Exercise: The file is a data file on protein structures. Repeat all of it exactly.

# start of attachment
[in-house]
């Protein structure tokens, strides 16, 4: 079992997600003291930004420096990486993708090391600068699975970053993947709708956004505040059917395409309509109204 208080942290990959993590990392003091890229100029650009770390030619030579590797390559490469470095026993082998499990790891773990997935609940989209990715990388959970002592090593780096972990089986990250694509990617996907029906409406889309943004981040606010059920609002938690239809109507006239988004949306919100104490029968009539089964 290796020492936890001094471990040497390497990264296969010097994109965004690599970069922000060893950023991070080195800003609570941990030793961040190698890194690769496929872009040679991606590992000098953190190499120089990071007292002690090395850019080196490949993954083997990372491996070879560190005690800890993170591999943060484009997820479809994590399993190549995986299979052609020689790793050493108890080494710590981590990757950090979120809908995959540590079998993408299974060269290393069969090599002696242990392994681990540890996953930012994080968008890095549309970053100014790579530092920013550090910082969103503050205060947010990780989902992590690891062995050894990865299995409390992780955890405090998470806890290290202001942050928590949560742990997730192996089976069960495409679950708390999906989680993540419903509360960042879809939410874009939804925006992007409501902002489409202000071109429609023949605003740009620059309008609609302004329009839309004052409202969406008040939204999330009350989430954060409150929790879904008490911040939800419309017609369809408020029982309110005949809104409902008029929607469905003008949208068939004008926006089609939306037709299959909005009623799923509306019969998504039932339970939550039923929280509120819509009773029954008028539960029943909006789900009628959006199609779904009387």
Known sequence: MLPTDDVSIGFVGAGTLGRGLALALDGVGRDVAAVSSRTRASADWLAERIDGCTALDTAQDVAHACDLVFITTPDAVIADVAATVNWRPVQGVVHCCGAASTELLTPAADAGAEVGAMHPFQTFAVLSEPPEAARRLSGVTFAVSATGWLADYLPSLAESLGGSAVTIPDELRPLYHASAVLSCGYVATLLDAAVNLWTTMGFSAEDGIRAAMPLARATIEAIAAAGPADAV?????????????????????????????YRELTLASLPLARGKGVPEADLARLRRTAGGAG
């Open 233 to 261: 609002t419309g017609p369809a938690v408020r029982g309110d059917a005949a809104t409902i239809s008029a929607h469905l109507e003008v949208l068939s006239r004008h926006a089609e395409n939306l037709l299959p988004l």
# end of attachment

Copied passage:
[in-house]
């Protein structure tokens, strides 16, 4: 079992997600003291930004420096990486993708090391600068699975970053993947709708956004505040059917395409309509109204 208080942290990959993590990392003091890229100029650009770390030619030579590797390559490469470095026993082998499990790891773990997935609940989209990715990388959970002592090593780096972990089986990250694509990617996907029906409406889309943004981040606010059920609002938690239809109507006239988004949306919100104490029968009539089964 290796020492936890001094471990040497390497990264296969010097994109965004690599970069922000060893950023991070080195800003609570941990030793961040190698890194690769496929872009040679991606590992000098953190190499120089990071007292002690090395850019080196490949993954083997990372491996070879560190005690800890993170591999943060484009997820479809994590399993190549995986299979052609020689790793050493108890080494710590981590990757950090979120809908995959540590079998993408299974060269290393069969090599002696242990392994681990540890996953930012994080968008890095549309970053100014790579530092920013550090910082969103503050205060947010990780989902992590690891062995050894990865299995409390992780955890405090998470806890290290202001942050928590949560742990997730192996089976069960495409679950708390999906989680993540419903509360960042879809939410874009939804925006992007409501902002489409202000071109429609023949605003740009620059309008609609302004329009839309004052409202969406008040939204999330009350989430954060409150929790879904008490911040939800419309017609369809408020029982309110005949809104409902008029929607469905003008949208068939004008926006089609939306037709299959909005009623799923509306019969998504039932339970939550039923929280509120819509009773029954008028539960029943909006789900009628959006199609779904009387």
Known sequence: MLPTDDVSIGFVGAGTLGRGLALALDGVGRDVAAVSSRTRASADWLAERIDGCTALDTAQDVAHACDLVFITTPDAVIADVAATVNWRPVQGVVHCCGAASTELLTPAADAGAEVGAMHPFQTFAVLSEPPEAARRLSGVTFAVSATGWLADYLPSLAESLGGSAVTIPDELRPLYHASAVLSCGYVATLLDAAVNLWTTMGFSAEDGIRAAMPLARATIEAIAAAGPADAV?????????????????????????????YRELTLASLPLARGKGVPEADLARLRRTAGGAG
């Open 233 to 261: 609002t419309g017609p369809a938690v408020r029982g309110d059917a005949a809104t409902i239809s008029a929607h469905l109507e003008v949208l068939s006239r004008h926006a089609e395409n939306l037709l299959p988004l």